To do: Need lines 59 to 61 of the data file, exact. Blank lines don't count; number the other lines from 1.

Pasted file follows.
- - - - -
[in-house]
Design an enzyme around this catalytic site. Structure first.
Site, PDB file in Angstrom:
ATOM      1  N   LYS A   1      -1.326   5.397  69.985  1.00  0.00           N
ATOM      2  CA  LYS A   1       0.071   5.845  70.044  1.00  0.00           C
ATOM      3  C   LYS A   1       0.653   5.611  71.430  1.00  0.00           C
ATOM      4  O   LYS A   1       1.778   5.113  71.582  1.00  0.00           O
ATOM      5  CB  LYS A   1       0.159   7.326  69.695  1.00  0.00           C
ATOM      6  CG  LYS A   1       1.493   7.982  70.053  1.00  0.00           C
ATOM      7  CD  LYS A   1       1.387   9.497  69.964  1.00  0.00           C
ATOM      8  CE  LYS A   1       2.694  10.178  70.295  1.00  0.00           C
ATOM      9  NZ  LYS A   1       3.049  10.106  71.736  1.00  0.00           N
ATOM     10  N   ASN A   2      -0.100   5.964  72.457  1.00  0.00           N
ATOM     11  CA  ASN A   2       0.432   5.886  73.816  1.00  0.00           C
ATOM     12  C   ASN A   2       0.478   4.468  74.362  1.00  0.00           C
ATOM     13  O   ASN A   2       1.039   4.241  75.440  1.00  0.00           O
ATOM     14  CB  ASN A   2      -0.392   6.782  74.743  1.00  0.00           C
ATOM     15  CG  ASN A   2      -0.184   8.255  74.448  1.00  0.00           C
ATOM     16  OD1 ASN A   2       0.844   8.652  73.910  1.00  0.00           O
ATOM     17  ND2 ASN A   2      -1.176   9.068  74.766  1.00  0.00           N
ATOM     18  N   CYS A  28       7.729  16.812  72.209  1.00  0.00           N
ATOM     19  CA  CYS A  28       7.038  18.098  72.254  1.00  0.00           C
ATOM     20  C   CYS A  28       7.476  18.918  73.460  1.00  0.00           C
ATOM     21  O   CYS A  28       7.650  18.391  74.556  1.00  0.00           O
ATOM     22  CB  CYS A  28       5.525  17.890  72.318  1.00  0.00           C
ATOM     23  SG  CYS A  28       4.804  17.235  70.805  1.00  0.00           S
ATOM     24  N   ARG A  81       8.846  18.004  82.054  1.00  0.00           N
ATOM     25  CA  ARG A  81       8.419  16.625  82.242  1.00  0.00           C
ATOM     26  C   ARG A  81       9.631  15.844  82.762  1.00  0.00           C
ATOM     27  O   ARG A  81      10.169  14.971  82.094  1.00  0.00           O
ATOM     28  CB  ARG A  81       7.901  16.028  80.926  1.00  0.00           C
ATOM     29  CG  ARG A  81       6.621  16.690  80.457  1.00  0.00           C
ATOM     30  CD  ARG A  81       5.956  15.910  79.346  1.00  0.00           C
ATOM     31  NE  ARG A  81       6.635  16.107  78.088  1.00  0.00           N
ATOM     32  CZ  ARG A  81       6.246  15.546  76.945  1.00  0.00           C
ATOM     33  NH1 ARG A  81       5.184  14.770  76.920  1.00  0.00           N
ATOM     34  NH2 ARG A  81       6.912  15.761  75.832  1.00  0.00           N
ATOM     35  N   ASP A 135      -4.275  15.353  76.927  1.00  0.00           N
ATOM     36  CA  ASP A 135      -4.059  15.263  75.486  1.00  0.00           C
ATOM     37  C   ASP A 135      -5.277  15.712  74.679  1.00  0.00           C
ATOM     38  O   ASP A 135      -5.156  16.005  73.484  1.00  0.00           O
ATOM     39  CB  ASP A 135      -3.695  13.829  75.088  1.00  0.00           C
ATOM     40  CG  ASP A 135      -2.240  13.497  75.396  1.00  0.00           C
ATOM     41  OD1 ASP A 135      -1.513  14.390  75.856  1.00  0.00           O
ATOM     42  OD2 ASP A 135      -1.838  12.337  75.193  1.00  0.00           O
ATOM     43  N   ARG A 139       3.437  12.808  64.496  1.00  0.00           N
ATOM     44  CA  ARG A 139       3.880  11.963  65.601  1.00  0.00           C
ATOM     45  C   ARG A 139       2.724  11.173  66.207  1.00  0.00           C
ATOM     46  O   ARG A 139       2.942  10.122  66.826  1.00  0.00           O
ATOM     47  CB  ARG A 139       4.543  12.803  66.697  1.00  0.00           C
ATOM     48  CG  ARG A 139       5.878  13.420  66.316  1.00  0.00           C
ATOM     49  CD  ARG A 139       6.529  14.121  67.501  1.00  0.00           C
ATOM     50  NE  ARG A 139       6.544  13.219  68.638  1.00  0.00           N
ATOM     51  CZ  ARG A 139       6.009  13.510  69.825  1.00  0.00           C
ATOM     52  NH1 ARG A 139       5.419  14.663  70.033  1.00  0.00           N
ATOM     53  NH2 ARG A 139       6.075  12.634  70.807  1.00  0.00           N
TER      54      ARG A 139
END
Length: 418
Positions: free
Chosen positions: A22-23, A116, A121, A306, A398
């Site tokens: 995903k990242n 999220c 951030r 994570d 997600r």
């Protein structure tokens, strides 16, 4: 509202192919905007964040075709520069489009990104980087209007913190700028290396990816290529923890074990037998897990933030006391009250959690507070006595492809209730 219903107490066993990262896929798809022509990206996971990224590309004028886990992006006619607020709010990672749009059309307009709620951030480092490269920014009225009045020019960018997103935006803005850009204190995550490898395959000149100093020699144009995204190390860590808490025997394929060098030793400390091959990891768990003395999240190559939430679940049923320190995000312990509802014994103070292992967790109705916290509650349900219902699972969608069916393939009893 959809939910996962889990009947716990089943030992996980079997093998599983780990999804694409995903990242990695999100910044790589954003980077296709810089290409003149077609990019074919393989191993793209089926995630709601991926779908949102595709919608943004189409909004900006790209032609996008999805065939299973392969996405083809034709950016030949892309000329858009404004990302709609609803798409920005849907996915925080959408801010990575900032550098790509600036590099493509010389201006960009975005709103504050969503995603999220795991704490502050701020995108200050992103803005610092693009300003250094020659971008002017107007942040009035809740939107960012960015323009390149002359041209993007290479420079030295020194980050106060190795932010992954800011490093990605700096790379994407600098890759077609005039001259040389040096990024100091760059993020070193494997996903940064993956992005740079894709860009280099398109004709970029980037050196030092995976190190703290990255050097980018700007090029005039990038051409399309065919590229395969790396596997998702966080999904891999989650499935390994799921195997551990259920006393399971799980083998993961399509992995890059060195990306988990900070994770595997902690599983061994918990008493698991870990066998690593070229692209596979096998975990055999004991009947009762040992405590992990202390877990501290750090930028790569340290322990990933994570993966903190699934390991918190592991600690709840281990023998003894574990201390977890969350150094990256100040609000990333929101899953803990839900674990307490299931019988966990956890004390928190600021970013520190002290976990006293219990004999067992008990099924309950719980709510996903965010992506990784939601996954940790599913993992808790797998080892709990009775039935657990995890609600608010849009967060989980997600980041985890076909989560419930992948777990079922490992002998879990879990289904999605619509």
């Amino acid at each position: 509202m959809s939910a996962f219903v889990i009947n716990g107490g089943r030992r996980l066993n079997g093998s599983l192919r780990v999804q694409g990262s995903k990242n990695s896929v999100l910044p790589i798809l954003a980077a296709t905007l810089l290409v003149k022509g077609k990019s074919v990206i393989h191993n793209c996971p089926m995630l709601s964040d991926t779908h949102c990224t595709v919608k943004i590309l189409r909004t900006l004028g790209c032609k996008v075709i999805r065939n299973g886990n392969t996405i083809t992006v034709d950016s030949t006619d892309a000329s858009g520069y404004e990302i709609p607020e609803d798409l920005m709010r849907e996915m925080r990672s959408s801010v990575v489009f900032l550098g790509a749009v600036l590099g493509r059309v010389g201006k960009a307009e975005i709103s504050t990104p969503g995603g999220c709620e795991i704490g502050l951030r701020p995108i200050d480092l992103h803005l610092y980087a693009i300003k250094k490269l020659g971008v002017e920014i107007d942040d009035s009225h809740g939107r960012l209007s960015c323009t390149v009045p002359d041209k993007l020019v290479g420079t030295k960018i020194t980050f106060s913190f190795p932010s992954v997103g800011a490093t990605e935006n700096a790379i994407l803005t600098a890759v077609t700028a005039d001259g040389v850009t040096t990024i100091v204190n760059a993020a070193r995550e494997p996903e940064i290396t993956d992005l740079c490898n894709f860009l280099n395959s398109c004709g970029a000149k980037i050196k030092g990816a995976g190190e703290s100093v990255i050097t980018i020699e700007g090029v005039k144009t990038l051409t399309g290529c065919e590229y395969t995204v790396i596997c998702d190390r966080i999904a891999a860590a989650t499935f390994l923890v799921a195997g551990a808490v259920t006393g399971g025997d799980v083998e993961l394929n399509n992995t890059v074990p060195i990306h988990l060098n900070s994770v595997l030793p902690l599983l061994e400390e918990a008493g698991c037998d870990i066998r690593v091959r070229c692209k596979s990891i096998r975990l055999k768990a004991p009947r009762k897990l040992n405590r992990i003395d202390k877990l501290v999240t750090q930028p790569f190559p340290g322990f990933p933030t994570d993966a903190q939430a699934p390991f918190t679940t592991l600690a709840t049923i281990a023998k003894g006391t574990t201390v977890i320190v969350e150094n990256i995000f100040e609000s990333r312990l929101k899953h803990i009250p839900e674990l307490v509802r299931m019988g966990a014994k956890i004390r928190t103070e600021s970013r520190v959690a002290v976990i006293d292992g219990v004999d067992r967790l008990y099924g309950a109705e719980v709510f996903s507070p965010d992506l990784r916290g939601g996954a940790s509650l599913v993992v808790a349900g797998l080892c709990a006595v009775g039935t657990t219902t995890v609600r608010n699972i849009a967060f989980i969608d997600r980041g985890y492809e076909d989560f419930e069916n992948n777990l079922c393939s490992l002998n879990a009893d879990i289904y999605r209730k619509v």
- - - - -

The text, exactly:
Length: 418
Positions: free
Chosen positions: A22-23, A116, A121, A306, A398